In some Wiccan traditions, Beltane is a day in which the May Queen and the Queen of Winter battle one another for supremacy. In this rite, borrowed from practices on the Isle of Man, each queen has a band of supporters. On the morning of May 1, the two companies battle it out, ultimately trying to win victory for their queen. If the May Queen is captured by her enemies, she must be ransomed before her followers can get her back.
There are some who believe Beltane is a time for the faeries — the appearance of flowers around this time of year heralds the beginning of summer and shows us that the fae are hard at work. In early folklore, to enter the realm of faeries is a dangerous step — and yet the more helpful deeds of the fae should always be acknowledged and appreciated. If you believe in faeries, Beltane is a good time to leave out food and other treats for them in your garden or yard.
For many contemporary Pagans, Beltane is a time for planting and sowing of seeds — again, the fertility theme appears. The buds and flowers of early May bring to mind the endless cycle of birth, growth, death and rebirth that we see in the earth. Certain trees are associated with May Day, such as the Ash, Oak and Hawthorn. In Norse legend, the god Odin hung from an Ash tree for nine days, and it later became known as the World Tree, Yggdrasil.
If you’ve been wanting to bring abundance and fertility of any sort into your life — whether you’re looking to concieve a child, enjoy fruitfulness in your career or creative endeavors, or just see your garden bloom — Beltane is the perfect time for magical workings related to any type of prosperity.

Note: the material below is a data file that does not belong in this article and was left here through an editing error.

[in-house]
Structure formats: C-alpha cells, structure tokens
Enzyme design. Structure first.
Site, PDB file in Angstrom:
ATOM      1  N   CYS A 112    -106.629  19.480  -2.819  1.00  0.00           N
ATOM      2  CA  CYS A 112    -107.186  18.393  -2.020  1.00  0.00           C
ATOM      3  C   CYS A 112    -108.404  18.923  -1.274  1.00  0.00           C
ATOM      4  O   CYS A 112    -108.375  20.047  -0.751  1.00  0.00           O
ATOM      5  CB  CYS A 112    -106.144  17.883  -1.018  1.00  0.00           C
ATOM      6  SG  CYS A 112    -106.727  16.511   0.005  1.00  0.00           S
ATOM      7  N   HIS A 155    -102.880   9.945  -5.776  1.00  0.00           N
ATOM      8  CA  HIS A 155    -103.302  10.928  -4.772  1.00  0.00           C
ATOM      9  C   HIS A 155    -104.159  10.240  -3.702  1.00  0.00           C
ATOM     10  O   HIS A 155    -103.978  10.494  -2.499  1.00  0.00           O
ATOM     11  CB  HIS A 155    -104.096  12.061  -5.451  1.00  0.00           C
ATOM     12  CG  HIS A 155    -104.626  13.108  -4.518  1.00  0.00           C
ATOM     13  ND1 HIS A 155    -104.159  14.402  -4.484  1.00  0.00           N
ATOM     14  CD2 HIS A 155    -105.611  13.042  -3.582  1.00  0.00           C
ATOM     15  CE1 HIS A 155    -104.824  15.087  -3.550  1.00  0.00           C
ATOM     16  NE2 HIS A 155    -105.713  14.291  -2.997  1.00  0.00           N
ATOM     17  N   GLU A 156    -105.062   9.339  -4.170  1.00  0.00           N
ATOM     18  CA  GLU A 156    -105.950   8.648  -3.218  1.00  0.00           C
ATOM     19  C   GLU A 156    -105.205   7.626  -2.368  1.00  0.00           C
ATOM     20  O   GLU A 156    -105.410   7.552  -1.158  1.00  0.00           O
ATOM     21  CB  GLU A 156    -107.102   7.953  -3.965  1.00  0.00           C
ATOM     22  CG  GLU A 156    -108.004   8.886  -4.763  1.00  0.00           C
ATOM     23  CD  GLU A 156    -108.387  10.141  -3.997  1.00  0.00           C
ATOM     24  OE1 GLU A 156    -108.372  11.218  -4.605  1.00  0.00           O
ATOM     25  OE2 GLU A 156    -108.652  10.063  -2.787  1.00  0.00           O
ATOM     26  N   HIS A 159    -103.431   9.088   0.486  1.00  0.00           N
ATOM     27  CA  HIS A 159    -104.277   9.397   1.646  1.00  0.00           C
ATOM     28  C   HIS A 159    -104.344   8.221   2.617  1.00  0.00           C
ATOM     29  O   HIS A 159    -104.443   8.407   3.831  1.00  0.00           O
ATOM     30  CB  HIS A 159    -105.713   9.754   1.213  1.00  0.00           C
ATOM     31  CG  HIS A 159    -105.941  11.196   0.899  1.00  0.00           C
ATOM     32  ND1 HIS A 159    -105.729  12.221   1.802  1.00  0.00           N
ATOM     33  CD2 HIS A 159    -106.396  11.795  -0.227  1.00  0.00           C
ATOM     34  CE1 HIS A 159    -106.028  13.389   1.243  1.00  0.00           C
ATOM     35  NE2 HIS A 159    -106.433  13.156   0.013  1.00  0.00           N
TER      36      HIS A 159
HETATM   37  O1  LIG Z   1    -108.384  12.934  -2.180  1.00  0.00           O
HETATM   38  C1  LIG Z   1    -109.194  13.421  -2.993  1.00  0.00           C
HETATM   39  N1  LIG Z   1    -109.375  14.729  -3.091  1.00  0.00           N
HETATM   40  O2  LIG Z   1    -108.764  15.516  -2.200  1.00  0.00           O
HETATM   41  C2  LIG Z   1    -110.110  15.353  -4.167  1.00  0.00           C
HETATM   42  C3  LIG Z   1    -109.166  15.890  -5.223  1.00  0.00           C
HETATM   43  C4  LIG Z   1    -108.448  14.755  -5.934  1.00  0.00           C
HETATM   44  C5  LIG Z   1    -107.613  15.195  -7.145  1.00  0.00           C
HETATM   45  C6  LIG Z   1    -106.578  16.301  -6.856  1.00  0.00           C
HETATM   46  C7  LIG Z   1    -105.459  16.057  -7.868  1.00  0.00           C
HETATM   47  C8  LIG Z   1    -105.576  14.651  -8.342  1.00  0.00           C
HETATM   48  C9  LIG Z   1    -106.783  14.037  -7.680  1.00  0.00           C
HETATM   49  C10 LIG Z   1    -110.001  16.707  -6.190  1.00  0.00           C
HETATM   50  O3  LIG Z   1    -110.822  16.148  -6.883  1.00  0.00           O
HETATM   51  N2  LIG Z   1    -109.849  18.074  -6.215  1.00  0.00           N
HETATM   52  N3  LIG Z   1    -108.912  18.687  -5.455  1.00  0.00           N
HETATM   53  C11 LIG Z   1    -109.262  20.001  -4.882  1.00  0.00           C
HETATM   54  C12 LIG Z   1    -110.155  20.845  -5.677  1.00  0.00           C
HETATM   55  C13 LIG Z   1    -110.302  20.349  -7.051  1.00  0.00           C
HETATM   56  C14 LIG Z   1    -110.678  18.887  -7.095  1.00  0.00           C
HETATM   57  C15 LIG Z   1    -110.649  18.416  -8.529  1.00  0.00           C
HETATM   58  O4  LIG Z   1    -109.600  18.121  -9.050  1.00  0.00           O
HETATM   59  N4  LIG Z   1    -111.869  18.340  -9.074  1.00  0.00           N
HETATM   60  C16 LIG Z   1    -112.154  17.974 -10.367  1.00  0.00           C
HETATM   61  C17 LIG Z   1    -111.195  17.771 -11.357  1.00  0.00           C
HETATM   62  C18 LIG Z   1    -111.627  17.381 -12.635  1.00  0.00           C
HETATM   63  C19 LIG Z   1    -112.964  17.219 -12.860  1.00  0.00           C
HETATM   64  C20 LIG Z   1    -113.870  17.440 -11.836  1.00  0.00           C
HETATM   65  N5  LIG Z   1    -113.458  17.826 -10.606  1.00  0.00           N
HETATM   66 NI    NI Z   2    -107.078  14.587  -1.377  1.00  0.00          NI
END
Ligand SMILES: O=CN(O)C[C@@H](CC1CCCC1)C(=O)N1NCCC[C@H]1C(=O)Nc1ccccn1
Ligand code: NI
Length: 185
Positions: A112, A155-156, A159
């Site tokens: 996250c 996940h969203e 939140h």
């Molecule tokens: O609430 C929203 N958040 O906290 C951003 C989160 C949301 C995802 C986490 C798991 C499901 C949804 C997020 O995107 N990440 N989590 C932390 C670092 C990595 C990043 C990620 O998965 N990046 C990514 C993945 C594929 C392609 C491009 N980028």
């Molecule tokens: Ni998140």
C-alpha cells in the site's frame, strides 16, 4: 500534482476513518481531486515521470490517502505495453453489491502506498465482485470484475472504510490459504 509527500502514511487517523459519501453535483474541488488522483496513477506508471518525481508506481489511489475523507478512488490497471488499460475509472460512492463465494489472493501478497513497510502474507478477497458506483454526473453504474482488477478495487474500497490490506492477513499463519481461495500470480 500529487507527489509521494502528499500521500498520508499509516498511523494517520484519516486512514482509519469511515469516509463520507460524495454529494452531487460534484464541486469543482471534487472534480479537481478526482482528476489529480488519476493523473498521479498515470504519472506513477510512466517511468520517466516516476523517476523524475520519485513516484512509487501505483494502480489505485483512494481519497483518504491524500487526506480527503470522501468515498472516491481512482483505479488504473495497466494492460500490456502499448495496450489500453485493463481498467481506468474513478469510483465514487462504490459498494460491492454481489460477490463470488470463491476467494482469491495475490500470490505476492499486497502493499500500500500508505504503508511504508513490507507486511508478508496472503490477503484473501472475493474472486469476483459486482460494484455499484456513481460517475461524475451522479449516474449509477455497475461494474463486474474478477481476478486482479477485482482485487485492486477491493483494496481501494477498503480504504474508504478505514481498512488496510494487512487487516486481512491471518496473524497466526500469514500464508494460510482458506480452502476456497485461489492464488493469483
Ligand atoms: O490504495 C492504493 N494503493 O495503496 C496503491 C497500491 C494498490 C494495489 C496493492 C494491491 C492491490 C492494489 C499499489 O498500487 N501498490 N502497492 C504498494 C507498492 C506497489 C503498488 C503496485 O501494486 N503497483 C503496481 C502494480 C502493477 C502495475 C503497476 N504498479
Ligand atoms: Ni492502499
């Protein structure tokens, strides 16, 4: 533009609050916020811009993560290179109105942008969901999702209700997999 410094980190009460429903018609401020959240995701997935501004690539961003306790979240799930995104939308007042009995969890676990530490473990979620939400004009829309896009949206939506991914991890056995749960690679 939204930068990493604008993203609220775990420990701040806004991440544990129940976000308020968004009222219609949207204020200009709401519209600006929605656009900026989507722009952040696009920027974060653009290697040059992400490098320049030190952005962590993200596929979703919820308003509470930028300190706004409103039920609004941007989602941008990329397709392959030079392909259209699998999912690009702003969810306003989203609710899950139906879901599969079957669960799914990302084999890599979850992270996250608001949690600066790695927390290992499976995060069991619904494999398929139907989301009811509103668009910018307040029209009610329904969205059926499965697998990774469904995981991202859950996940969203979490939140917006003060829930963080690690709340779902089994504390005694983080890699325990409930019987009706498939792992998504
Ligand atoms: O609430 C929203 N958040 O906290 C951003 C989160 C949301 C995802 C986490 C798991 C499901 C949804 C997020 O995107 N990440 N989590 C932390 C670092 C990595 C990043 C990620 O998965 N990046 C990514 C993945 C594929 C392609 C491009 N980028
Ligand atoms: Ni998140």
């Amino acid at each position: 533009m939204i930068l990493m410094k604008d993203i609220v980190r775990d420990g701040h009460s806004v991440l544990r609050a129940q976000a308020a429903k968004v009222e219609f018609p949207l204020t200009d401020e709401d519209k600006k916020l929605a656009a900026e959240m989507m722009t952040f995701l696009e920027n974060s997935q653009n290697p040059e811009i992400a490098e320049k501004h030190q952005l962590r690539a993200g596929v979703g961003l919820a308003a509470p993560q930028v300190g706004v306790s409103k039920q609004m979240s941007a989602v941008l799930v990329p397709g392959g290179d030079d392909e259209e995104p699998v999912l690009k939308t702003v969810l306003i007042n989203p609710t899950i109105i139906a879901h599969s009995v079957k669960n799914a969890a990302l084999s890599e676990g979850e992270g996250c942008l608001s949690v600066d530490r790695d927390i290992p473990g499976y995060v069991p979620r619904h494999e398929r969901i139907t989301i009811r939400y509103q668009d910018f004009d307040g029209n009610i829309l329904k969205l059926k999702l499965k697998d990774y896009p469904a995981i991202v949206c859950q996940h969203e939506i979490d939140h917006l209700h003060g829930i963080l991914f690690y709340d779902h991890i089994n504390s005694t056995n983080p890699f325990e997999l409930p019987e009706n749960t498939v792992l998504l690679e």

Rituals and Ceremonies
Depending on your particular tradition, there are many different ways you can celebrate Beltane, but the focus is nearly always on fertility. It’s the time when the earth mother opens up to the fertility god, and their union brings about healthy livestock, strong crops, and new life all around.
Here are a few rituals you may want to think about trying — and remember, any of them can be adapted for either a solitary practitioner or a small group, with just a little planning ahead.
- Celebrate Beltane with a Maypole Dance
- Beltane Bonfire Ritual – a group ceremony
- Hold a Family Abundance Rite for Beltane
- Honor the Sacred Feminine with a Goddess Ritual
- Setting up your Beltane Altar
- Take the 7 Day Sabbat eCourse
No sabbat celebration is complete without food, so stop in and try some of these delicious spring recipes. Includes instructions for making a Beltane bannock, spring soup, ritual breads, a delicious greenman cake, and candied flowers. Click here to see what’s on the Menu.
Today’s message is from About.com Paganism Wiccan.